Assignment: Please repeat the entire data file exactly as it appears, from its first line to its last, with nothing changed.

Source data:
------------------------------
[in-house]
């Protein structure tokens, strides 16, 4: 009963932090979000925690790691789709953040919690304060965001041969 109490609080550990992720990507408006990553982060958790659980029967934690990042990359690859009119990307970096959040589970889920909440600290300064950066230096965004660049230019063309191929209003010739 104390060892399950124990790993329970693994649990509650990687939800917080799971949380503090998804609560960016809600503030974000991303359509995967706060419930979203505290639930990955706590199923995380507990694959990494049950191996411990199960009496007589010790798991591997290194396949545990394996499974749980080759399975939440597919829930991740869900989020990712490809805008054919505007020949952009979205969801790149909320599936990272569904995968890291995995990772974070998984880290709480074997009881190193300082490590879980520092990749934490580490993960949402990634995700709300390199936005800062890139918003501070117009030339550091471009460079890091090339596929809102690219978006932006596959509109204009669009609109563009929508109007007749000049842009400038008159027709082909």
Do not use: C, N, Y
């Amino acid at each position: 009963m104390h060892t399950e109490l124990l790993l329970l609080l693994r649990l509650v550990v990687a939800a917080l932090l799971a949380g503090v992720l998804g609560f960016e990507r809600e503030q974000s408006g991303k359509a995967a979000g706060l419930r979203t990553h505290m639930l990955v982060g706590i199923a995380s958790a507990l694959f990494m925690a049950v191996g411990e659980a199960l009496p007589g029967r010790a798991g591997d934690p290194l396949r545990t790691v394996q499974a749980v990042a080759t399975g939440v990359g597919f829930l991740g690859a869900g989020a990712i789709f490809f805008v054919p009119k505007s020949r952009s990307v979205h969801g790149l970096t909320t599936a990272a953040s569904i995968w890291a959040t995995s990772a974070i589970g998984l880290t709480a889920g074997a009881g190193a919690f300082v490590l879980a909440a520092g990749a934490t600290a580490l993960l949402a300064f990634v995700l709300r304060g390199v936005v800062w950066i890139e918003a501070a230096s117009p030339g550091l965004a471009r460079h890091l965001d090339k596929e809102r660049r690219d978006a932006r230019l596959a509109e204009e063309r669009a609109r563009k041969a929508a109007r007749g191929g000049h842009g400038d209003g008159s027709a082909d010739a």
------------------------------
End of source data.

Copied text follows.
[in-house]
């Protein structure tokens, strides 16, 4: 009963932090979000925690790691789709953040919690304060965001041969 109490609080550990992720990507408006990553982060958790659980029967934690990042990359690859009119990307970096959040589970889920909440600290300064950066230096965004660049230019063309191929209003010739 104390060892399950124990790993329970693994649990509650990687939800917080799971949380503090998804609560960016809600503030974000991303359509995967706060419930979203505290639930990955706590199923995380507990694959990494049950191996411990199960009496007589010790798991591997290194396949545990394996499974749980080759399975939440597919829930991740869900989020990712490809805008054919505007020949952009979205969801790149909320599936990272569904995968890291995995990772974070998984880290709480074997009881190193300082490590879980520092990749934490580490993960949402990634995700709300390199936005800062890139918003501070117009030339550091471009460079890091090339596929809102690219978006932006596959509109204009669009609109563009929508109007007749000049842009400038008159027709082909």
Do not use: C, N, Y
């Amino acid at each position: 009963m104390h060892t399950e109490l124990l790993l329970l609080l693994r649990l509650v550990v990687a939800a917080l932090l799971a949380g503090v992720l998804g609560f960016e990507r809600e503030q974000s408006g991303k359509a995967a979000g706060l419930r979203t990553h505290m639930l990955v982060g706590i199923a995380s958790a507990l694959f990494m925690a049950v191996g411990e659980a199960l009496p007589g029967r010790a798991g591997d934690p290194l396949r545990t790691v394996q499974a749980v990042a080759t399975g939440v990359g597919f829930l991740g690859a869900g989020a990712i789709f490809f805008v054919p009119k505007s020949r952009s990307v979205h969801g790149l970096t909320t599936a990272a953040s569904i995968w890291a959040t995995s990772a974070i589970g998984l880290t709480a889920g074997a009881g190193a919690f300082v490590l879980a909440a520092g990749a934490t600290a580490l993960l949402a300064f990634v995700l709300r304060g390199v936005v800062w950066i890139e918003a501070a230096s117009p030339g550091l965004a471009r460079h890091l965001d090339k596929e809102r660049r690219d978006a932006r230019l596959a509109e204009e063309r669009a609109r563009k041969a929508a109007r007749g191929g000049h842009g400038d209003g008159s027709a082909d010739a």